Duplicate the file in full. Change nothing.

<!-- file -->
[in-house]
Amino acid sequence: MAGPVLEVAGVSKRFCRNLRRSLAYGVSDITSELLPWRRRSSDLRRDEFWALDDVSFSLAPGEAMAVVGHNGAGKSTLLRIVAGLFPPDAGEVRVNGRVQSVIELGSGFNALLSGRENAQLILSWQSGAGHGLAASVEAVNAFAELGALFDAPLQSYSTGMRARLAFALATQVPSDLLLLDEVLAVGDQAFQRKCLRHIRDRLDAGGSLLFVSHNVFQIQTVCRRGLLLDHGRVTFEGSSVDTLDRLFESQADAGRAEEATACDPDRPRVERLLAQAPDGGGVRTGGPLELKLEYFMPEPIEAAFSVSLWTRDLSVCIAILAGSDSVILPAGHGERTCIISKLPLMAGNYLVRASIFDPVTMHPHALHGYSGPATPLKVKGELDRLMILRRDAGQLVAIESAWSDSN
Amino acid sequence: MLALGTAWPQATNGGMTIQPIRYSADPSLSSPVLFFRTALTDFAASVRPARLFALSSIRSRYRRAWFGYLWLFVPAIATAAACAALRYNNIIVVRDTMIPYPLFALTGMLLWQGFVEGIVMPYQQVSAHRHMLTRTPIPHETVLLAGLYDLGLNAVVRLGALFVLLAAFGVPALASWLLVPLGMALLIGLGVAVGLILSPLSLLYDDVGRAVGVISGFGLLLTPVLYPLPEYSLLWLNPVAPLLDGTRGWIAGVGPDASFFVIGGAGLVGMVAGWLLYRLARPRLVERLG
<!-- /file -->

[in-house]
Amino acid sequence: MAGPVLEVAGVSKRFCRNLRRSLAYGVSDITSELLPWRRRSSDLRRDEFWALDDVSFSLAPGEAMAVVGHNGAGKSTLLRIVAGLFPPDAGEVRVNGRVQSVIELGSGFNALLSGRENAQLILSWQSGAGHGLAASVEAVNAFAELGALFDAPLQSYSTGMRARLAFALATQVPSDLLLLDEVLAVGDQAFQRKCLRHIRDRLDAGGSLLFVSHNVFQIQTVCRRGLLLDHGRVTFEGSSVDTLDRLFESQADAGRAEEATACDPDRPRVERLLAQAPDGGGVRTGGPLELKLEYFMPEPIEAAFSVSLWTRDLSVCIAILAGSDSVILPAGHGERTCIISKLPLMAGNYLVRASIFDPVTMHPHALHGYSGPATPLKVKGELDRLMILRRDAGQLVAIESAWSDSN
Amino acid sequence: MLALGTAWPQATNGGMTIQPIRYSADPSLSSPVLFFRTALTDFAASVRPARLFALSSIRSRYRRAWFGYLWLFVPAIATAAACAALRYNNIIVVRDTMIPYPLFALTGMLLWQGFVEGIVMPYQQVSAHRHMLTRTPIPHETVLLAGLYDLGLNAVVRLGALFVLLAAFGVPALASWLLVPLGMALLIGLGVAVGLILSPLSLLYDDVGRAVGVISGFGLLLTPVLYPLPEYSLLWLNPVAPLLDGTRGWIAGVGPDASFFVIGGAGLVGMVAGWLLYRLARPRLVERLG